Ireland has told leading EU negotiators that its border with the United Kingdom must stay “invisible” after Brexit and said it was “firmly on the side” of the 27 remaining member states in the forthcoming divorce talks.
Foreign Affairs Minister Charlie Flanagan yesterday (9 February) met with the chief Brexit negotiators of the European Commission and Parliament, Michel Barnier and Guy Verhofstadt. Flanagan also met with leading MEPs.
After Brexit, the Republic of Ireland will become the EU’s only land border with the UK. Its border with Northern Ireland has allowed free movement between the two countries. Up to 1 million people cross the border every month and there is much cross-border trade.
“This border between north and south is invisible,” Flanagan told reporters after a whistle-stop tour of Brussels. “We all want to maintain the invisibility of the border.”
Ireland is pushing EU negotiators to recognise the unique nature of the border. Flanagan said there was recognition of the special status from EU chiefs.
British Prime Minister Theresa May has signalled the UK will leave the single market and likely the customs union. But she also specifically mentioned the Irish case in the white paper on Brexit, which Flanagan said meant she too recognised the island of Ireland was a special case.
The UK is leaving the single market because access to it is conditional on the free movement of EU citizens across borders. May believes that the 23 June referendum result was a mandate to take back control of the UK’s borders and control immigration.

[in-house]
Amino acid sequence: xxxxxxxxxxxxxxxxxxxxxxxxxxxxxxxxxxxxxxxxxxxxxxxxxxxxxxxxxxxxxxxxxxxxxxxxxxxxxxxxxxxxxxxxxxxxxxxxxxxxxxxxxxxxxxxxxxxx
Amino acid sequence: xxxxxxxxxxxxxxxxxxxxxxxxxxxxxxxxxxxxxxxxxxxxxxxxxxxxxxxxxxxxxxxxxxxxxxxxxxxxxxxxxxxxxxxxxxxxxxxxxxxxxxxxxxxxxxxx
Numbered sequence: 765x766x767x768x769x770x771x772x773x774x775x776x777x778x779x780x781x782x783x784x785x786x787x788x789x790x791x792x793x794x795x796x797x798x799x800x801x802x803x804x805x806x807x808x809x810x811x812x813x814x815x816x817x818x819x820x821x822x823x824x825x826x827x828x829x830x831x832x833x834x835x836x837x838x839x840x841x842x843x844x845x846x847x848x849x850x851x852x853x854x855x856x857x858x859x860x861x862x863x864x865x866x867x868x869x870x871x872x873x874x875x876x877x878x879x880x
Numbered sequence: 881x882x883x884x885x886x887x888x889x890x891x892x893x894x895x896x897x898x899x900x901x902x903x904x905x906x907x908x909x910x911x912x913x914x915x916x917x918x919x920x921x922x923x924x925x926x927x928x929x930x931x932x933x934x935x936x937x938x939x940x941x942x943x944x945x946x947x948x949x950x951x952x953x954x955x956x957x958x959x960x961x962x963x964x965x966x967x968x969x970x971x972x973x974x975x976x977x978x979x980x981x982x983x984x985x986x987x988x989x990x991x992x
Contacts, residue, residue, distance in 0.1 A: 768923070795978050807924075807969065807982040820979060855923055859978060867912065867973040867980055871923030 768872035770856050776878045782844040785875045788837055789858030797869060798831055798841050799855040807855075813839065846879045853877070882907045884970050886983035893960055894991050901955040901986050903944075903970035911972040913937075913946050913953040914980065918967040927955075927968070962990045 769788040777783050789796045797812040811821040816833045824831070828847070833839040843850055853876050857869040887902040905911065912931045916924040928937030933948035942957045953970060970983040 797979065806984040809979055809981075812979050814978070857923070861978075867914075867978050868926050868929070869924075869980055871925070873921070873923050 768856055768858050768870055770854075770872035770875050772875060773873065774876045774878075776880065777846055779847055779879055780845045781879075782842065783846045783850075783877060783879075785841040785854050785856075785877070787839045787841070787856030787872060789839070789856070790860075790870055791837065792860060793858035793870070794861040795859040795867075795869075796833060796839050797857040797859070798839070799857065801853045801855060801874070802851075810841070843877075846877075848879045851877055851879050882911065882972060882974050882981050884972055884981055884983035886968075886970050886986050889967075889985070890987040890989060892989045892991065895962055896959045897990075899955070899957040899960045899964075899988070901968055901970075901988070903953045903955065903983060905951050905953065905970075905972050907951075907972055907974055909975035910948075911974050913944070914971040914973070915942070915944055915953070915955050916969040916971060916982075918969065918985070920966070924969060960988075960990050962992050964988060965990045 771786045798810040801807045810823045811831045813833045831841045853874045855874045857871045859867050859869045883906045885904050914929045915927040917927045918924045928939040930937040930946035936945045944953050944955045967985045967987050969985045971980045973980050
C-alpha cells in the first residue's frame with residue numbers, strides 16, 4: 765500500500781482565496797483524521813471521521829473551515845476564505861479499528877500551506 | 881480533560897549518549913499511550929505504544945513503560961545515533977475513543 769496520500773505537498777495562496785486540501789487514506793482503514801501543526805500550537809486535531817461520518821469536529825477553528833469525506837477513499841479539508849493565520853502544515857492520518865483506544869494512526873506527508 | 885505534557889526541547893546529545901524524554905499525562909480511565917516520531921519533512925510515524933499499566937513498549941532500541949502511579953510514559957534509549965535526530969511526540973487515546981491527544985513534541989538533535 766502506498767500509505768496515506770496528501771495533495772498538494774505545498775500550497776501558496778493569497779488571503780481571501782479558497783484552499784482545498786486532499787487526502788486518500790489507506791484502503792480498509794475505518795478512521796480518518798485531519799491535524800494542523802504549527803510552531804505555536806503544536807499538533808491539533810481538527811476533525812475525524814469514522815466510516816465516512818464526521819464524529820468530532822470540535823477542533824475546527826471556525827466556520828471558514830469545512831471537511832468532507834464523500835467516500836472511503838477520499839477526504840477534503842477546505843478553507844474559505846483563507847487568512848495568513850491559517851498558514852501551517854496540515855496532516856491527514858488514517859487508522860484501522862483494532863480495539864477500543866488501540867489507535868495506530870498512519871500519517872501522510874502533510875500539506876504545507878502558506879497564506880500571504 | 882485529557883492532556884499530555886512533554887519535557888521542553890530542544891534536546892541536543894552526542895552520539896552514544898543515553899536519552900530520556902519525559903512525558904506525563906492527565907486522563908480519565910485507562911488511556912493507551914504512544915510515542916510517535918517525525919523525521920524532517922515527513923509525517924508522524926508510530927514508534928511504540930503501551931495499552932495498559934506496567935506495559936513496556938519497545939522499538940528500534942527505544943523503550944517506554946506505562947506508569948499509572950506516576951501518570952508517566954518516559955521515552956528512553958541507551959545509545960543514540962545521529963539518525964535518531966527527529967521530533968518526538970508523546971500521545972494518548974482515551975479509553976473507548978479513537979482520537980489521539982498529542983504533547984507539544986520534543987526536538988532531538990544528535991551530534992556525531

There are fears that a disorderly exit from the EU could lead to reinstatement of border controls across the region, which was plagued with sectarian violence and terrorism. That could impact on Ireland’s economy, which is still recovering from the financial crisis.
— Michel Barnier (@MichelBarnier) February 9, 2017
Brexit has also led to calls for the island of Ireland to reunite with Irish Prime Minister Enda Kenny mooting the possibility of future unification referendum. The island was partitioned in 1922, after the Irish war of independence.
In 1998, the Good Friday Agreement on how Northern Ireland should be governed was signed. It brought the terrorist campaigns in the region and the rest of the UK to an end.
Relations between Britain and Ireland have improved ever since. Flanagan said the EU had helped broker the peace.
But Flanagan hit back at suggestions that Ireland’s close relationship and shared history with Britain made it a weak link in the EU-27’s unity.
“We are firmly on the side of the EU-27,” Flanagan said before pointing out that Northern Ireland had largely voted to remain and that its citizens qualified for Irish and therefore EU citizenship.
“We don’t subscribe to the view that punishment should be exacted [on the UK],” he added.
There have been suggestion that the EU will impose a punitive Brexit deal on Britain to deter other countries from leaving the bloc. But Flanagan said he had heard no one in Brussels advance that view.
Brexit posed “monumental problems” for the whole of the Ireland,” Flanagan said but as a democrat he had to accept the British vote to quit the EU.
“I don’t see any positives in the withdrawal from the EU of the UK, for the EU or for the UK,” Flanagan said.
Negotiations will be triggered by the invoking of Article 50, which is the legal process taking the UK out of the EU, and May has promised to fire the starting gun by the end of March.
He added that Michel Barnier and the British would begin the divorce talks by discussing the financial settlement that the UK would have to pay to leave.
Earlier this week, the European Commission likened the final settlement of financial commitments to paying for a round of drinks, after having been treated in an earlier round.